CHICAGO, Ill. (WIAT) – Cirque du Soleil’s newest touring show combines the amazing physical feats that the company is known, but this time, they have added new high-tech elements.
For TORUK- The First Flight, animation in projected onto the floor turning the arena into a living canvas that constantly changes throughout the show.
“The whole ice and half of the lower bowl is projection during the show,” said video crew chief, Sebastien Cousineau. “There are forty projectors making one big image. So basically we 3-D scanned most of the stage, and then we made an object out of it, and then we imported them into the software.”
This technology allows for the illusion of flowing waterfalls, that later are solid trees, then starts twinkling in the night sky. It all starts out as a solid gray background that has to be specially set every week.
“We re-focus everything in every city. And we re-calibrate the entire (arena) in 3D at every venue,” Cousineau said.
The TORUK cast knows that the show-must-go-on if anything was to malfunction. But the crew works hard to create insurance that nothing happens to the projected set. “Everything is doubled or tripled, for two reasons. One, if one (projector) stops, it doesn’t show as much. And the second is (the projectors are) cross shooting so there’s no shadow showing.”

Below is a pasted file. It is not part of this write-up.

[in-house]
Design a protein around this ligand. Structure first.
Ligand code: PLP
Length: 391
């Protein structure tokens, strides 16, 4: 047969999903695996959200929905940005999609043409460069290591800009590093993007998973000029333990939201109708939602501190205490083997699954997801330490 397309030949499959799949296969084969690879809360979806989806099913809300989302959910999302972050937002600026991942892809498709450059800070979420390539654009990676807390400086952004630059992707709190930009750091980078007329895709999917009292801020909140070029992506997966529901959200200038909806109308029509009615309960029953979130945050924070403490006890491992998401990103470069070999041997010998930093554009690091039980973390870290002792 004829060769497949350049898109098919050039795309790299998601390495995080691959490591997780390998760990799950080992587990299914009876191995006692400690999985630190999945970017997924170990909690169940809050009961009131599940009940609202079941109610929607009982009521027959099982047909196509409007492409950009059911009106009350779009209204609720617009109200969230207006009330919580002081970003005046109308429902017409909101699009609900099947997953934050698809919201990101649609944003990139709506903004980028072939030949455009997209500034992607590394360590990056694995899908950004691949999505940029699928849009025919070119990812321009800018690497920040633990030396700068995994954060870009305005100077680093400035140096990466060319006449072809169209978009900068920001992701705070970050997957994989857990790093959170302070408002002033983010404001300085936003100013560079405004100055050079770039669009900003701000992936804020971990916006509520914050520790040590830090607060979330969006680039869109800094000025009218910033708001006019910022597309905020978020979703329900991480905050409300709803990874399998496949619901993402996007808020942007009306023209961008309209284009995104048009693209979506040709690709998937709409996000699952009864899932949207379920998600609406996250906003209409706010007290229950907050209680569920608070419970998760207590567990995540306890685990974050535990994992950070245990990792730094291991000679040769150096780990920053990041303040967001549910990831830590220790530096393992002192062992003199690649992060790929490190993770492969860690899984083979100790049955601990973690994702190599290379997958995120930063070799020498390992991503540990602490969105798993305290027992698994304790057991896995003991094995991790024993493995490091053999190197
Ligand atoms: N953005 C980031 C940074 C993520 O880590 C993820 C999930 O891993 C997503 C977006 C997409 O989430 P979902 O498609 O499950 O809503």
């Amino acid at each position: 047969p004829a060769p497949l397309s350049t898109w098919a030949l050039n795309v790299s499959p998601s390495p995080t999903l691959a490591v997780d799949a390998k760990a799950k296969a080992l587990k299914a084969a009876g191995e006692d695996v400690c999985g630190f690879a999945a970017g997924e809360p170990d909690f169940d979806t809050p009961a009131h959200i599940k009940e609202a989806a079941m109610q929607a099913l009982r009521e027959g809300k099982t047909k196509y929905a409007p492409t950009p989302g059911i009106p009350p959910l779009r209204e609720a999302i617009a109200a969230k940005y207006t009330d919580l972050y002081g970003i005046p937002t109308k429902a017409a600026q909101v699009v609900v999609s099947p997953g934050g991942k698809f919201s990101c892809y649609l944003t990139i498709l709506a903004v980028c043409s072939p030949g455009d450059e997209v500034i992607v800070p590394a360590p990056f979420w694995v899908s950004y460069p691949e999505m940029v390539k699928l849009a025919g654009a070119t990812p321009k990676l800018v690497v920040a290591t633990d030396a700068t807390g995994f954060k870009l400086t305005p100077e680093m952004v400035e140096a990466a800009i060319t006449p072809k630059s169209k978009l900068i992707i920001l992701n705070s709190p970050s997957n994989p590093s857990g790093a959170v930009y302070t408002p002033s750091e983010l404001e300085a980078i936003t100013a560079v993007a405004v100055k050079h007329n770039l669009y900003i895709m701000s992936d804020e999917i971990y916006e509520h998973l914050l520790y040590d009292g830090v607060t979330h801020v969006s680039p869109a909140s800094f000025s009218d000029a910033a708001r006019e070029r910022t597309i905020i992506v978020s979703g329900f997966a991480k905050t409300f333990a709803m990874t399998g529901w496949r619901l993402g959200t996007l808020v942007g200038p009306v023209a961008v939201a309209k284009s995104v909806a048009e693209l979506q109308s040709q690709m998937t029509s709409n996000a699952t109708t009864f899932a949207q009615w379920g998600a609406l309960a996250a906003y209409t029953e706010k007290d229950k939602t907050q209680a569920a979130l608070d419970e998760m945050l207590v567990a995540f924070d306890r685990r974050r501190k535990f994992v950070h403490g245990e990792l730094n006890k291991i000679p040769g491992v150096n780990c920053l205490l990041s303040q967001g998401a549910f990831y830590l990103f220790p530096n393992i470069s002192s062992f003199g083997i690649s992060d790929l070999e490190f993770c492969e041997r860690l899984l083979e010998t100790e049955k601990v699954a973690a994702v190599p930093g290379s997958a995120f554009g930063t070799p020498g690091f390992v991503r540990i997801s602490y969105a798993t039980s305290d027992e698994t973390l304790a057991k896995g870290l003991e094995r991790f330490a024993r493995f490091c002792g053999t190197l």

The beautiful set would be nothing without the intricate costumes worn by the Navi. TORUK travels in 27 trucks with a complete set of backup costumes for every character and a full sewing department. The entire costume department can be broken down and packed up in 40-minutes.
“Once a week we are traveling to a new city. So we try to have everything super organized, and it’s really easy for us to get everything ready to go,” said the head of wardrobe, Rosa Espinoza.
“We have four different shades of blue (skin for the Navi people). Because the designers thought that as humans, we have different skin colors, so the Navi should have different skin colors too,” Espinoza said.
The Navi also have long tails – something the actors say is a challenge.
“(The tails) are hard to get used to. Especially because sometimes (the costume department will) touch up the hair because it gets caught in things, it gets stepped on, and you just forget that you’re wearing it,” said Daniel Crispin, who plays principal character Entu .
The tails are not a problem for Giulia Piolanti who plays principal character, Tsyal.
“I’m obsessed with cats, so as soon as they gave me a tail, I was the happiest woman on earth,” said Piolanti.
You can see all of the magic of Cirque du Soleil’s TORUK-The First Flight at the BJCC August 19-21. Click here to order your tickets.